Trace of snow on the ground in the Twin Cities.
48 F. high on Thursday in the metro area.
81 F. high temperature a year ago today, on April 1, 2010.
.50 - .60" predicted precipitation Sunday into Monday morning, most of it falling as a cold rain.
Coating - 2" potential for wet snow in the metro area Sunday night into early Monday.
3-6" possible over parts of central/northern Minnesota from Sunday PM hours into Monday morning. Could be plowable.
60 F. predicted high a week from tomorrow, on April 9.
63 F. average high by April 30.
There's a ton to do with the family in St. Paul this weekend:
- Biking on Samuel Morgan Trail
- Chatting about weather with Star Tribune meteorologist Paul Douglas
- A sneak preview of the History Center's new "Our Minnesota" exibit
- Learning about lakes with Minnesota author Darby Nelson
- Shows at the Ordway and Chamber Orchestra
- The list literally goes on and on.......
Paul's Conservation MN Outlook for the Twin Cities and all of Minnesota:
Kahan grades people on two scales of cultural belief: individualists versus communitarians, based on the different importance people attach to the public good when balanced against individual rights; and hierarchists versus egalitarians, based on their views on the stratification of society. Republicans are more likely to be hierarchical-individualist, while Democrats are more often egalitarian-communitarian.Denial Of Climate Changes Is Dangerous And Irresponsible. A story from the Miami Herald: "My daughter, age 5, is a member. Chances are, so is a youngster you know. In fact, every child on Earth born after June 23, 1988, belongs to what I call Generation Hot. These 2 billion young people will spend the rest of their lives coping with the hottest, most volatile climate that civilization has ever known. Recently, I went to Capitol Hill with members of Generation Hot (and the Sierra Club, our country's largest grass-roots environmental organization) to confront the politicians whose denials and delay have done so much to land Generation Hot in this predicament. We wanted to know why my daughter and the other 2 billion members of Generation Hot have to suffer because Republicans in Congress refuse to accept what virtually every major scientific organization in the world, including our own National Academy of Sciences, has said: Man-made climate change is happening now and extremely dangerous. Sen. James Inhofe, the Oklahoma Republican who has famously called climate change "the greatest hoax ever perpetrated on the American people," told our group that "the science is mixed" and his scientists know better than ours. Frank Maisano, a public-relations consultant for big energy companies, told us that "the science doesn't matter"; what matters is what's politically feasible. "The science does matter," Caroline Selle, a member of our group who works for the Energy Action Coalition, responded in a blog the following day. Selle added: "We face a climate catastrophe that will define our generation and the future of our country, and the solutions to this crisis will create jobs and improve public health. So why aren't we acting? Unfortunately, the answer is simple: Capitol Hill is swarming with 'climate cranks' - politicians willing to trade our future for their own political gain."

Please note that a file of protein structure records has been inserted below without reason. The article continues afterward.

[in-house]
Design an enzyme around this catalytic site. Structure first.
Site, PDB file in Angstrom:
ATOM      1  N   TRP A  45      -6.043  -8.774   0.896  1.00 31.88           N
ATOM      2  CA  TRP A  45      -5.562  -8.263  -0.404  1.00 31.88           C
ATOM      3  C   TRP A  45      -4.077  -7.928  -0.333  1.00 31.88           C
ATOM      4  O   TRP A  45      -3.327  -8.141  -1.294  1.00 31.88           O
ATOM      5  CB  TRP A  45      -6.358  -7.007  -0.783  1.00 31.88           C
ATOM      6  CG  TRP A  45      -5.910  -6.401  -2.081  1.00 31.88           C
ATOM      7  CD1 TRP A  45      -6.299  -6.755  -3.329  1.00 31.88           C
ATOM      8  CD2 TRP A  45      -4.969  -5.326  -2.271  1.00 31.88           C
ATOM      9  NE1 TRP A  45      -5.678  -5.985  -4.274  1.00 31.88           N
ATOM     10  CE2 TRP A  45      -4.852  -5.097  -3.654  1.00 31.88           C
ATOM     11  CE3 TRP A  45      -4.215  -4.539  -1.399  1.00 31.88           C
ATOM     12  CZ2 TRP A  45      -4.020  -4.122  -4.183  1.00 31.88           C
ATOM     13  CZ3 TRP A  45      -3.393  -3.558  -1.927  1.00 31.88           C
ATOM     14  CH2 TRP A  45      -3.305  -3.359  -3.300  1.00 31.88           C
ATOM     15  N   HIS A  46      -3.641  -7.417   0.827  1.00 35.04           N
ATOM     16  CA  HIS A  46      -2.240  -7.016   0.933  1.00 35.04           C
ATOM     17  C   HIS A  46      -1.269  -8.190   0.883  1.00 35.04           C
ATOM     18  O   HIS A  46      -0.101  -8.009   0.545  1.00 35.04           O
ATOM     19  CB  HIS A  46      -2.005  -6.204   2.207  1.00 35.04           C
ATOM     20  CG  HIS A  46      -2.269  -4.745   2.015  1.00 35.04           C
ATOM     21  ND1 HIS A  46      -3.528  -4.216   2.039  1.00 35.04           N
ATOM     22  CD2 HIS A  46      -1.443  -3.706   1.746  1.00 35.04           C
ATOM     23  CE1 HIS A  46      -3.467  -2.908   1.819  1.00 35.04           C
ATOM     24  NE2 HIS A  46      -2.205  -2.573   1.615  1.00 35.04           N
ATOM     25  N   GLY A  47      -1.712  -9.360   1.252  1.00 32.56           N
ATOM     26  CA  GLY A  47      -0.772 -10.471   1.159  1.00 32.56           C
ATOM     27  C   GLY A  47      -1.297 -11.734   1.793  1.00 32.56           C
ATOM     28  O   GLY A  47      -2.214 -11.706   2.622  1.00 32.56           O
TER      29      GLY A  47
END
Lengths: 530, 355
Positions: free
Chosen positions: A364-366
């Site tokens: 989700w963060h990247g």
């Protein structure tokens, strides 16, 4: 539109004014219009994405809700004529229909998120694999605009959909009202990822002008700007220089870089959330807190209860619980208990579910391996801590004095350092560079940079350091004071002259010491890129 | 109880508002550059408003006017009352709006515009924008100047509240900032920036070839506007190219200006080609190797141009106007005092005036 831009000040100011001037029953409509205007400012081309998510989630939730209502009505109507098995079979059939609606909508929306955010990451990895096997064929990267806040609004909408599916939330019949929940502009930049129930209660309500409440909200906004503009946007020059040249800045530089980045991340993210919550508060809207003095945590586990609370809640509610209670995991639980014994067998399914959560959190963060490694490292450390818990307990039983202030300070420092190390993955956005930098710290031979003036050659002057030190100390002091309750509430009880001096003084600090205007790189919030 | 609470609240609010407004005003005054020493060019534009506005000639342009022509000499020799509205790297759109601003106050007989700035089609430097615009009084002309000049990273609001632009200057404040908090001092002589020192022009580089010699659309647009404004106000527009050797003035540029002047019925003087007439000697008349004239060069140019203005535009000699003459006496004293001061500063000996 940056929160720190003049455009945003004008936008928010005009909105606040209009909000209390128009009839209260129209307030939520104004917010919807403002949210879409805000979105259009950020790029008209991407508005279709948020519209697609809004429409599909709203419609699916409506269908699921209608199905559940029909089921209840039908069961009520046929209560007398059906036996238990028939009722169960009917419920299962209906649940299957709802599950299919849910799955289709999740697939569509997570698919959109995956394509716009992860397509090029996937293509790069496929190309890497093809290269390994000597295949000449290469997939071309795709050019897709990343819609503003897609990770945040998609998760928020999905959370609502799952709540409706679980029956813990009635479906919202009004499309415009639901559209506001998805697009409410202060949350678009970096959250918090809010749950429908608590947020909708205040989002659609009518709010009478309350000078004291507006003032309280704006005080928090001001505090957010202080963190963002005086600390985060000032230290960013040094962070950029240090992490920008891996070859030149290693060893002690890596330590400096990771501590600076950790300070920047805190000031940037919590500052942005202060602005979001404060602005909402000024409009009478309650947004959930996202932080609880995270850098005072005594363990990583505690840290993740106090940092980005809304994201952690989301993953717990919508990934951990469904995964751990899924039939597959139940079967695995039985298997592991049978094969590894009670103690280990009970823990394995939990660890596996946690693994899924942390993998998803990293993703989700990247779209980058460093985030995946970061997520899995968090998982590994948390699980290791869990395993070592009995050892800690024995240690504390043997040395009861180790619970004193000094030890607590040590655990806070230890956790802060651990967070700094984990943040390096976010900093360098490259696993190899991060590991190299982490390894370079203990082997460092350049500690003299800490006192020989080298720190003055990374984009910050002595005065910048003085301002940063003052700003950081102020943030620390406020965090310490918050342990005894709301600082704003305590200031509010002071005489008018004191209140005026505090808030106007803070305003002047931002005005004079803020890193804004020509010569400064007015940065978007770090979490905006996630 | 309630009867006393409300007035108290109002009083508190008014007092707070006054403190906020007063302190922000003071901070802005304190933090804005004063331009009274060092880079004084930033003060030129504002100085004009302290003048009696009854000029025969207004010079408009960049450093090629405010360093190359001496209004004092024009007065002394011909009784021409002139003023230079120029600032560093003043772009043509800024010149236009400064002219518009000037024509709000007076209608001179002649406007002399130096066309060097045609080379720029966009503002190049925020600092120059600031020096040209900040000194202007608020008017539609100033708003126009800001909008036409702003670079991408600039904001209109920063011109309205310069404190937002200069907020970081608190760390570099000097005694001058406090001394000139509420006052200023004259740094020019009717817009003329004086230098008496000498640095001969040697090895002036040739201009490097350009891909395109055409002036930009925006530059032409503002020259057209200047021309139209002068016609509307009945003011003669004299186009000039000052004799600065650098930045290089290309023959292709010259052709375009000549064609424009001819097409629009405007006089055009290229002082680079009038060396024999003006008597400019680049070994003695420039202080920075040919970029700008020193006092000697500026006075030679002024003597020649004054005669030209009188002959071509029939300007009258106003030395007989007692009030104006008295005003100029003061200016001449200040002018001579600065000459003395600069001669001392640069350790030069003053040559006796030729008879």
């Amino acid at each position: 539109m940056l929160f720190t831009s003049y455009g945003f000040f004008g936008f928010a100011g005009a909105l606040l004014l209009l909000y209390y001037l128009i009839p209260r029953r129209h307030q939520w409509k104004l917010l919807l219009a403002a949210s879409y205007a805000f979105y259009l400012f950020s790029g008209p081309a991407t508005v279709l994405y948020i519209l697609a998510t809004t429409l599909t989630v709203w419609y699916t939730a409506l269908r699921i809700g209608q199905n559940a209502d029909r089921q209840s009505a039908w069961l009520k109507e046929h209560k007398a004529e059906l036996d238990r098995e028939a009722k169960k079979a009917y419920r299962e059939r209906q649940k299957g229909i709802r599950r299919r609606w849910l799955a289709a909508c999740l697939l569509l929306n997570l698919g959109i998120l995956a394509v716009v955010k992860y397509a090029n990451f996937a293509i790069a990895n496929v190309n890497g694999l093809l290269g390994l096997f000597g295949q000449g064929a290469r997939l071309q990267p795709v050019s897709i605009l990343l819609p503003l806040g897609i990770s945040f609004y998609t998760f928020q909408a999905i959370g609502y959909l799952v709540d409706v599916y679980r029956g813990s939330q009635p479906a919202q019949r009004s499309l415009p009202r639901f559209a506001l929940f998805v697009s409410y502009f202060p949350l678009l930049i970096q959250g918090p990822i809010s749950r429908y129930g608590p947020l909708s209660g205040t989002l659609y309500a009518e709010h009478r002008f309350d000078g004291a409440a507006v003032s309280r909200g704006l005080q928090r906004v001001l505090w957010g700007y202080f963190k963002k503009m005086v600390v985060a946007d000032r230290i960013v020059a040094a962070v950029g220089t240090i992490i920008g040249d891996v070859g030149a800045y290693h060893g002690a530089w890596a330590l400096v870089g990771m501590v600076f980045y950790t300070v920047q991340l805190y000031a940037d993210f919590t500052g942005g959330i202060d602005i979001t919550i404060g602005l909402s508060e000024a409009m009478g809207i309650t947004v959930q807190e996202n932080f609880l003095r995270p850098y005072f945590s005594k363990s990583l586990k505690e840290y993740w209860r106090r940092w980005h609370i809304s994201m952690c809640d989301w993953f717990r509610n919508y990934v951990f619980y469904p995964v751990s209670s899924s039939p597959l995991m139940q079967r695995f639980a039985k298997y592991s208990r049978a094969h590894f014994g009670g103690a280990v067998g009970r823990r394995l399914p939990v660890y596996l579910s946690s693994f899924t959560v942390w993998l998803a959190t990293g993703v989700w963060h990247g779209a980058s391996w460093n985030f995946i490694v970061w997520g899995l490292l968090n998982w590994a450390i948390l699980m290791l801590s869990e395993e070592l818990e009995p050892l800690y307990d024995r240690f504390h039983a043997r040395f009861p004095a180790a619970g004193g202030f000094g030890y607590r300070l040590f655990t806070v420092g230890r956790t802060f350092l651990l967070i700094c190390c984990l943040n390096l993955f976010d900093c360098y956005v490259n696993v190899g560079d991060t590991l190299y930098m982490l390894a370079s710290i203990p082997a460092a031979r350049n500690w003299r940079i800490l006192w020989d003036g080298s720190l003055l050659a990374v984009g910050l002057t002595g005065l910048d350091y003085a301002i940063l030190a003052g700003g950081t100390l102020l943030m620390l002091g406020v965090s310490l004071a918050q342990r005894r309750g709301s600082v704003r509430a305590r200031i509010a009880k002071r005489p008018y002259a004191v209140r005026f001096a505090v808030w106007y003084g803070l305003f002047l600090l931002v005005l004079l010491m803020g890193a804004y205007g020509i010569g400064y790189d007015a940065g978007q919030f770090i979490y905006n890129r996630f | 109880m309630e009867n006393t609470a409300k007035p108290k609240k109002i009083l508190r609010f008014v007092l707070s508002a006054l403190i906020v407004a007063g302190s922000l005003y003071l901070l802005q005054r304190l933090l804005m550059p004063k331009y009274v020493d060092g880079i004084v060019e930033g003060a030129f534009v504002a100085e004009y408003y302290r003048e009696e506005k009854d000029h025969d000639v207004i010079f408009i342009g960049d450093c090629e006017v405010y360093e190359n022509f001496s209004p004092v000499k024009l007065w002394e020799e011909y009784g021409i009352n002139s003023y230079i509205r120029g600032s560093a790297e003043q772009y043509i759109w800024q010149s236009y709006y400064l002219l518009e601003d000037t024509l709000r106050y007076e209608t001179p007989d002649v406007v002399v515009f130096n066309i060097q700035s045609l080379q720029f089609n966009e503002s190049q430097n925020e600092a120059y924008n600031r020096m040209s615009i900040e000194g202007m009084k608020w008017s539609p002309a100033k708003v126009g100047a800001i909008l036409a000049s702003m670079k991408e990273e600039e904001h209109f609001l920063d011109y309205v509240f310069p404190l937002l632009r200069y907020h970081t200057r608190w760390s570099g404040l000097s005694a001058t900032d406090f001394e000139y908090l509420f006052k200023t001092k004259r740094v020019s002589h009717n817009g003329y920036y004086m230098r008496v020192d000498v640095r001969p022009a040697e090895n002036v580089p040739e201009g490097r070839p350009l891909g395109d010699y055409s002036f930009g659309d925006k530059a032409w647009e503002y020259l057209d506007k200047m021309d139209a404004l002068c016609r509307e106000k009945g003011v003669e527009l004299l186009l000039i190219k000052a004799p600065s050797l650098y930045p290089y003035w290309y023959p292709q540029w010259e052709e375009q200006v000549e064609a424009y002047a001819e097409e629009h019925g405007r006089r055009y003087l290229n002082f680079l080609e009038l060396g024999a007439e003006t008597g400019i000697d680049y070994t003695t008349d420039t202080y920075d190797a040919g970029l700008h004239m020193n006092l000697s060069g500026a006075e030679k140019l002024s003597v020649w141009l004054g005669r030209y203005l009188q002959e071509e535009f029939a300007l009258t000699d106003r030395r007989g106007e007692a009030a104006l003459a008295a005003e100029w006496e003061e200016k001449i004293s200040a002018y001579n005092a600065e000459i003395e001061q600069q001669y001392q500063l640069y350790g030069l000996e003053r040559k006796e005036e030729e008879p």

People’s views on contentious scientific issues tend to reflect their position on these scales. For example, egalitarian-communitarians tend to accept the evidence that climate change is a threat, while hierarchical-individualists reject it."